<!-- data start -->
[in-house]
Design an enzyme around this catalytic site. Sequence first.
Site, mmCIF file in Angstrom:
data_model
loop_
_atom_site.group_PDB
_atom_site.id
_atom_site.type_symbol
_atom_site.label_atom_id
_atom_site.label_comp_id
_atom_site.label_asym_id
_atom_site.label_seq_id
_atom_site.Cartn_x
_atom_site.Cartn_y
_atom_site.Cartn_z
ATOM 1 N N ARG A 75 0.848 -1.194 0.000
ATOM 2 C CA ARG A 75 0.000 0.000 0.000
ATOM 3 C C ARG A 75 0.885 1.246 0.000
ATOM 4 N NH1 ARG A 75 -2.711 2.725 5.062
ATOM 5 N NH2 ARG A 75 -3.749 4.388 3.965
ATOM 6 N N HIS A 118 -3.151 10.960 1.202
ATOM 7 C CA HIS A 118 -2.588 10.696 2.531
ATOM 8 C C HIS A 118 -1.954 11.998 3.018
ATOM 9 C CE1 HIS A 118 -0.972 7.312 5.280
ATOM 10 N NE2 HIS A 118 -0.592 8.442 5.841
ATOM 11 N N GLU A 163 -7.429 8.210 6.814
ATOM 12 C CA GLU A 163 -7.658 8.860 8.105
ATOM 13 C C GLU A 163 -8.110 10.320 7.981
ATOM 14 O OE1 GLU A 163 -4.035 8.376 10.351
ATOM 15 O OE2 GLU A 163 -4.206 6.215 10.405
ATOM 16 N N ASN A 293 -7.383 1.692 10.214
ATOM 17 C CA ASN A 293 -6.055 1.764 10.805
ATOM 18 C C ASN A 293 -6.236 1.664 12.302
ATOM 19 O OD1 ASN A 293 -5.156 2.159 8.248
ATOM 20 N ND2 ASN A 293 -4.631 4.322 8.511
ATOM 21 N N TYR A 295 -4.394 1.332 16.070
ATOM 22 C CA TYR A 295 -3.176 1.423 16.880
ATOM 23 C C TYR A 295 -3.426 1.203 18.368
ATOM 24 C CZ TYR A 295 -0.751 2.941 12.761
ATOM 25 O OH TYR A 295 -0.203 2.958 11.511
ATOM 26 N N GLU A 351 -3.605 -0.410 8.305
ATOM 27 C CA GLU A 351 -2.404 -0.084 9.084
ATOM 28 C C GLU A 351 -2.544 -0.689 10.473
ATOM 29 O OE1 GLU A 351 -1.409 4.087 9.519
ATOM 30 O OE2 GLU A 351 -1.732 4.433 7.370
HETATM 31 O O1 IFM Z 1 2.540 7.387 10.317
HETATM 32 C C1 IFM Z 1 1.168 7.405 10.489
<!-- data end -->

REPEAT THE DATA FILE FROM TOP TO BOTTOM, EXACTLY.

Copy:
[in-house]
Design an enzyme around this catalytic site. Sequence first.
Site, mmCIF file in Angstrom:
data_model
loop_
_atom_site.group_PDB
_atom_site.id
_atom_site.type_symbol
_atom_site.label_atom_id
_atom_site.label_comp_id
_atom_site.label_asym_id
_atom_site.label_seq_id
_atom_site.Cartn_x
_atom_site.Cartn_y
_atom_site.Cartn_z
ATOM 1 N N ARG A 75 0.848 -1.194 0.000
ATOM 2 C CA ARG A 75 0.000 0.000 0.000
ATOM 3 C C ARG A 75 0.885 1.246 0.000
ATOM 4 N NH1 ARG A 75 -2.711 2.725 5.062
ATOM 5 N NH2 ARG A 75 -3.749 4.388 3.965
ATOM 6 N N HIS A 118 -3.151 10.960 1.202
ATOM 7 C CA HIS A 118 -2.588 10.696 2.531
ATOM 8 C C HIS A 118 -1.954 11.998 3.018
ATOM 9 C CE1 HIS A 118 -0.972 7.312 5.280
ATOM 10 N NE2 HIS A 118 -0.592 8.442 5.841
ATOM 11 N N GLU A 163 -7.429 8.210 6.814
ATOM 12 C CA GLU A 163 -7.658 8.860 8.105
ATOM 13 C C GLU A 163 -8.110 10.320 7.981
ATOM 14 O OE1 GLU A 163 -4.035 8.376 10.351
ATOM 15 O OE2 GLU A 163 -4.206 6.215 10.405
ATOM 16 N N ASN A 293 -7.383 1.692 10.214
ATOM 17 C CA ASN A 293 -6.055 1.764 10.805
ATOM 18 C C ASN A 293 -6.236 1.664 12.302
ATOM 19 O OD1 ASN A 293 -5.156 2.159 8.248
ATOM 20 N ND2 ASN A 293 -4.631 4.322 8.511
ATOM 21 N N TYR A 295 -4.394 1.332 16.070
ATOM 22 C CA TYR A 295 -3.176 1.423 16.880
ATOM 23 C C TYR A 295 -3.426 1.203 18.368
ATOM 24 C CZ TYR A 295 -0.751 2.941 12.761
ATOM 25 O OH TYR A 295 -0.203 2.958 11.511
ATOM 26 N N GLU A 351 -3.605 -0.410 8.305
ATOM 27 C CA GLU A 351 -2.404 -0.084 9.084
ATOM 28 C C GLU A 351 -2.544 -0.689 10.473
ATOM 29 O OE1 GLU A 351 -1.409 4.087 9.519
ATOM 30 O OE2 GLU A 351 -1.732 4.433 7.370
HETATM 31 O O1 IFM Z 1 2.540 7.387 10.317
HETATM 32 C C1 IFM Z 1 1.168 7.405 10.489